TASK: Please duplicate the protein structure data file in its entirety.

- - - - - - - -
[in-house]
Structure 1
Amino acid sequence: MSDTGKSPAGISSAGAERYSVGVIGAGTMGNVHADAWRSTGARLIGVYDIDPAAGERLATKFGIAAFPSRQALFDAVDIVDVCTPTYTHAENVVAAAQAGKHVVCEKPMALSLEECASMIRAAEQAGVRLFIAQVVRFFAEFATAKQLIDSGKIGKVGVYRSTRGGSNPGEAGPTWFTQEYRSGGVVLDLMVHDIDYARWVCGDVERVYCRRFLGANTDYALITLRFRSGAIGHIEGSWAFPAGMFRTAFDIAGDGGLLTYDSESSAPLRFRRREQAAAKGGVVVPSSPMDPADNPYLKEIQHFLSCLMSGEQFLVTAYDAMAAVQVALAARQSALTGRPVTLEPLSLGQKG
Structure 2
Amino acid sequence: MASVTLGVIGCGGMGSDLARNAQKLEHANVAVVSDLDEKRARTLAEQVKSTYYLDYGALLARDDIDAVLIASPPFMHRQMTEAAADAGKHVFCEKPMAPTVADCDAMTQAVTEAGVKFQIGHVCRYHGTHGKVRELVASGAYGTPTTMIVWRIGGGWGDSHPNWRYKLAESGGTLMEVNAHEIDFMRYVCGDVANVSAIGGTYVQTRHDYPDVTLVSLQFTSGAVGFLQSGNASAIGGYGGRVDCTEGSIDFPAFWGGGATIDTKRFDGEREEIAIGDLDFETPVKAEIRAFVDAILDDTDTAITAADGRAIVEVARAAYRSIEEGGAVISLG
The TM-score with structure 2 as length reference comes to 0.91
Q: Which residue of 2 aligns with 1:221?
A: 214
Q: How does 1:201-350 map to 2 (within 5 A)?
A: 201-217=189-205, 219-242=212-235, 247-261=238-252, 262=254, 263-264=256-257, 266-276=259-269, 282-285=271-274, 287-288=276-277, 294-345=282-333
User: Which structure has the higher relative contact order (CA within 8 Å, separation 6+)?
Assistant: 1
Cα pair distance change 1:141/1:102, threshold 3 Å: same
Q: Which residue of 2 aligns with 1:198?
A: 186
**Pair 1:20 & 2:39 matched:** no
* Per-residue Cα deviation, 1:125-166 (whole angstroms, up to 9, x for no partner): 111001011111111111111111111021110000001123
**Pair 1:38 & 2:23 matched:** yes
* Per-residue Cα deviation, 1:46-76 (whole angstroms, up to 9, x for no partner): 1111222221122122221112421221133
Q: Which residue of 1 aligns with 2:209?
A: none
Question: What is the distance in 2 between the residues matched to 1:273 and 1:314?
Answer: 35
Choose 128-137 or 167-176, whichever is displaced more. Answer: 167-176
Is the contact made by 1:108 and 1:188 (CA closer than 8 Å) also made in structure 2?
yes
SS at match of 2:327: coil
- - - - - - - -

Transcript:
[in-house]
Structure 1
Amino acid sequence: MSDTGKSPAGISSAGAERYSVGVIGAGTMGNVHADAWRSTGARLIGVYDIDPAAGERLATKFGIAAFPSRQALFDAVDIVDVCTPTYTHAENVVAAAQAGKHVVCEKPMALSLEECASMIRAAEQAGVRLFIAQVVRFFAEFATAKQLIDSGKIGKVGVYRSTRGGSNPGEAGPTWFTQEYRSGGVVLDLMVHDIDYARWVCGDVERVYCRRFLGANTDYALITLRFRSGAIGHIEGSWAFPAGMFRTAFDIAGDGGLLTYDSESSAPLRFRRREQAAAKGGVVVPSSPMDPADNPYLKEIQHFLSCLMSGEQFLVTAYDAMAAVQVALAARQSALTGRPVTLEPLSLGQKG
Structure 2
Amino acid sequence: MASVTLGVIGCGGMGSDLARNAQKLEHANVAVVSDLDEKRARTLAEQVKSTYYLDYGALLARDDIDAVLIASPPFMHRQMTEAAADAGKHVFCEKPMAPTVADCDAMTQAVTEAGVKFQIGHVCRYHGTHGKVRELVASGAYGTPTTMIVWRIGGGWGDSHPNWRYKLAESGGTLMEVNAHEIDFMRYVCGDVANVSAIGGTYVQTRHDYPDVTLVSLQFTSGAVGFLQSGNASAIGGYGGRVDCTEGSIDFPAFWGGGATIDTKRFDGEREEIAIGDLDFETPVKAEIRAFVDAILDDTDTAITAADGRAIVEVARAAYRSIEEGGAVISLG
The TM-score with structure 2 as length reference comes to 0.91
Q: Which residue of 2 aligns with 1:221?
A: 214
Q: How does 1:201-350 map to 2 (within 5 A)?
A: 201-217=189-205, 219-242=212-235, 247-261=238-252, 262=254, 263-264=256-257, 266-276=259-269, 282-285=271-274, 287-288=276-277, 294-345=282-333
User: Which structure has the higher relative contact order (CA within 8 Å, separation 6+)?
Assistant: 1
Cα pair distance change 1:141/1:102, threshold 3 Å: same
Q: Which residue of 2 aligns with 1:198?
A: 186
**Pair 1:20 & 2:39 matched:** no
* Per-residue Cα deviation, 1:125-166 (whole angstroms, up to 9, x for no partner): 111001011111111111111111111021110000001123
**Pair 1:38 & 2:23 matched:** yes
* Per-residue Cα deviation, 1:46-76 (whole angstroms, up to 9, x for no partner): 1111222221122122221112421221133
Q: Which residue of 1 aligns with 2:209?
A: none
Question: What is the distance in 2 between the residues matched to 1:273 and 1:314?
Answer: 35
Choose 128-137 or 167-176, whichever is displaced more. Answer: 167-176
Is the contact made by 1:108 and 1:188 (CA closer than 8 Å) also made in structure 2?
yes
SS at match of 2:327: coil